Business Communication Today, 15th Ed.
Chapter 14. Planning Reports and Proposals
"The World Economic Forum (WEF) has said we are on the brink of a “Fourth Industrial Revolution” that will blur the lines between the physical, digital and biological spheres.
"Artificial Intelligence has quietly become a part of our daily life, and is helping us in ways we don’t even come to know of .
"We all know that being seen as confident, but not cocky, at work can have a positive effect on our careers.
"In April, LinkedIn announced it had reached 500 million members, making it one of the most popular social networks for professionals and one of the top social networks overall.
"I'm not that old, but I went to high school in a time before Facebook, before Google became a verb.
"How many times a day do you say no?
"You don't have to wait for a job interview to end before leaving.
"This is a question I’ve been mulling for a number of months: How has email use evolved in the days since Sony's email server hacks and Wikileaks?
Writer Katherine Brooks (photo, left) discusses the book - You're Probably Saying It Wrong by Ross and Kathryn Petras.
According to Jayson DeMers (photo, left), "I don’t think there’s ever been a marketing strategy as wrought with misconceptions as social media marketing.
Áine Cain (photo, left) discusses what PwC talent acquisition lead Rod Adams looks for during the hiring process.
"It’s a challenge to work with people — peers, junior colleagues, or even bosses — who just don’t listen.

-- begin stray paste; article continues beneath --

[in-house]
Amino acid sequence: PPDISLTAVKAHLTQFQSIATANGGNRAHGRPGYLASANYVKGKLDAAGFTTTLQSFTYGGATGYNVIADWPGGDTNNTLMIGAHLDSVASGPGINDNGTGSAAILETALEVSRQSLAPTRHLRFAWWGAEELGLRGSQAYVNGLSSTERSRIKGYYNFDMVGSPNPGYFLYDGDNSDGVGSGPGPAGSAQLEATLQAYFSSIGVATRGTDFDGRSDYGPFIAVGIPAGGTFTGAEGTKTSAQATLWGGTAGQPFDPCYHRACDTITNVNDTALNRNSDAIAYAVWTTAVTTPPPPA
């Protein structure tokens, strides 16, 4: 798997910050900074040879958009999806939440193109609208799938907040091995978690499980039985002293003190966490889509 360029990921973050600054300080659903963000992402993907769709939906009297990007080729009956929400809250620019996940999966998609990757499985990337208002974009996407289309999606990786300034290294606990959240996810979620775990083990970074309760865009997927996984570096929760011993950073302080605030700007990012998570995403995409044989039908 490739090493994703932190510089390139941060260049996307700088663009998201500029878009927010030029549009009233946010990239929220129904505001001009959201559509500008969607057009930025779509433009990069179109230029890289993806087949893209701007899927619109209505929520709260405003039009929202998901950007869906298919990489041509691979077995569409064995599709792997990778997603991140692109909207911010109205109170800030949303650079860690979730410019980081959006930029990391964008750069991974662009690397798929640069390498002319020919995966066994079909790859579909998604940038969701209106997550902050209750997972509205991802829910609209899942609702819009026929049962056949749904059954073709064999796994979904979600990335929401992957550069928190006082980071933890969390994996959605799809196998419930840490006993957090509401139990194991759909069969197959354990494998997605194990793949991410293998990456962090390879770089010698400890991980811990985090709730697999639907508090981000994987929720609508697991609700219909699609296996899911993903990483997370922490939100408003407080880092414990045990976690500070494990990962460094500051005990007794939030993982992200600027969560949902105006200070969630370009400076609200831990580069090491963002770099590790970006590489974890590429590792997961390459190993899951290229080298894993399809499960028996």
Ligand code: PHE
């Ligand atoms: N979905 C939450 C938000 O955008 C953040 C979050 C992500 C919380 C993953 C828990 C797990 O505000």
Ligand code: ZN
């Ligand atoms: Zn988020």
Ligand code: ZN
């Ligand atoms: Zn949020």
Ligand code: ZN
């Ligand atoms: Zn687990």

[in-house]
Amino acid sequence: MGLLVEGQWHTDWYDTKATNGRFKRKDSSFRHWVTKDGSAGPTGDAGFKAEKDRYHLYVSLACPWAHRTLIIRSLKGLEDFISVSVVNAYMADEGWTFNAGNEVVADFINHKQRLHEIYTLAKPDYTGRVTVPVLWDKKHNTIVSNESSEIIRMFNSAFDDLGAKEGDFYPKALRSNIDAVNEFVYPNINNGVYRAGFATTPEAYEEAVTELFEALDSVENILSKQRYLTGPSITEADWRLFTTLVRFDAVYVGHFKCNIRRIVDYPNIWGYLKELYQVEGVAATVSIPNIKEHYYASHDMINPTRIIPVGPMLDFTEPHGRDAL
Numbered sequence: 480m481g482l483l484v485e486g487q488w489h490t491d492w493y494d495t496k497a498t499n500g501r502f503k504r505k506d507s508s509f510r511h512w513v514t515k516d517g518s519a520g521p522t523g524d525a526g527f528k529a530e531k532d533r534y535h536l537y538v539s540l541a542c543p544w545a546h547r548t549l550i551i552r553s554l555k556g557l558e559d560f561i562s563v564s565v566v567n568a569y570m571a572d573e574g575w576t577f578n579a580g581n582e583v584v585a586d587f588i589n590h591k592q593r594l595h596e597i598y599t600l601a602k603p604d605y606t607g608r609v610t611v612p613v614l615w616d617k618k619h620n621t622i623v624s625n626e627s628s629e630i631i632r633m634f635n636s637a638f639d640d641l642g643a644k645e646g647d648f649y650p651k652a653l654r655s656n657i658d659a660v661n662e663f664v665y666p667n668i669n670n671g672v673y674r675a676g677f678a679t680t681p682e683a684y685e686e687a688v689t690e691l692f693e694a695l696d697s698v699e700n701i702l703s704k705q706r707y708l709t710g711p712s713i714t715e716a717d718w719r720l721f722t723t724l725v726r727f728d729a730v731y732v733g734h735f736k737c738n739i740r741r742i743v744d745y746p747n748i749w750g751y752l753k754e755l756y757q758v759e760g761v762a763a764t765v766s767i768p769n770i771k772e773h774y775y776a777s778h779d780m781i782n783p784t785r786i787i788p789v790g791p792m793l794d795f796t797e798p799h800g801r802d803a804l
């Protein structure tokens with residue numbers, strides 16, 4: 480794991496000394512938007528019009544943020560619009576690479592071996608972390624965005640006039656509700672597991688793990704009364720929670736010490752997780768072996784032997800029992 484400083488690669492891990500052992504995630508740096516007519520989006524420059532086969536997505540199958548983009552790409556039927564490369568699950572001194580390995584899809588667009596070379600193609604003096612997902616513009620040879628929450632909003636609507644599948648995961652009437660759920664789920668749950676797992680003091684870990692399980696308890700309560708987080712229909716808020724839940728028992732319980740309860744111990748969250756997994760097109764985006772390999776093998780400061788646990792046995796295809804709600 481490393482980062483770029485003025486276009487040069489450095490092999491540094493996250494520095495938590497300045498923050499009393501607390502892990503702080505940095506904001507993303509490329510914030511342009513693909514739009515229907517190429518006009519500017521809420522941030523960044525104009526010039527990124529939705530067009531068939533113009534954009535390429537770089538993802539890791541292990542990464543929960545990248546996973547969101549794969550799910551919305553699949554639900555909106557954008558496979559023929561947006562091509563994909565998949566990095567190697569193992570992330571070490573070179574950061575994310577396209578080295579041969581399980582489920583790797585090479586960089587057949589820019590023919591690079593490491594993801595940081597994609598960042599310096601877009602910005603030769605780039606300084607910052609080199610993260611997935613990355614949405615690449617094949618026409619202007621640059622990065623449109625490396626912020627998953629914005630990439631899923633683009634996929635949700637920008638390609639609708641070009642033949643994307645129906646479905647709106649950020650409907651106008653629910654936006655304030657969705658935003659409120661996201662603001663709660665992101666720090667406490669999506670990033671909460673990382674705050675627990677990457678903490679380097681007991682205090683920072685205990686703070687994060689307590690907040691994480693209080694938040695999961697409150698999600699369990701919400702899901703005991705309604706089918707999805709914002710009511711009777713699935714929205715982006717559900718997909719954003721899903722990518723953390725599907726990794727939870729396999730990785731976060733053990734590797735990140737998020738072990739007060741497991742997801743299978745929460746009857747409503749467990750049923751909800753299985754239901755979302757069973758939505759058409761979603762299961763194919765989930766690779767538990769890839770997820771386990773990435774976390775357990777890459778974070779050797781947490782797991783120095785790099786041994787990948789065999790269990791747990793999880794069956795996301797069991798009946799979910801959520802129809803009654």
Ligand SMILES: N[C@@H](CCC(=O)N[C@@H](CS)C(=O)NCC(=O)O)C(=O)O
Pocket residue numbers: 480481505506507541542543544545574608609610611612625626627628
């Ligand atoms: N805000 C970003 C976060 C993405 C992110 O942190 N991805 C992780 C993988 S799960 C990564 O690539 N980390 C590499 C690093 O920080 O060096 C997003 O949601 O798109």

"With massive amounts of computational power, machines can now recognize objects and translate speech in real time.
David Ryan Polgar (photo, left) asks, "How often do you receive a message and wonder, 'Did a person really write this?
According to Rachel Gilbert (photo, left), "Being more likable is within your grasp.
"Modern business is often conducted via quick-fire typing on tiny screens.
"Since everyone seems to be talking about AI broadly, we focused our predictions this year on what we see happening with communications and AI.
"You can radiate authority without compromising on warmth.
According to Kat Boogaard (photo, left), "Dealing with someone who monopolizes every discussion is frustrating.
According to Judith Humphrey (photo, left), "The risk in saying “sorry” too much is that apologies carry baggage that can undermine others’ confidence in you.
Travis Bradberry (photo, left) writes on the subject at LinkedIn.
Áine Cain (photo, left) has the list at BusinessInsider.
"How often have you heard a public speaker or presenter dominate a conversation not because the story was so interesting but because the speaker was disorganized?
"Job-hunting is a lot like dating," says Liz Ryan in an article at Forbes.
"This was a big style-update year at the American Copy Editors Society (ACES) meeting.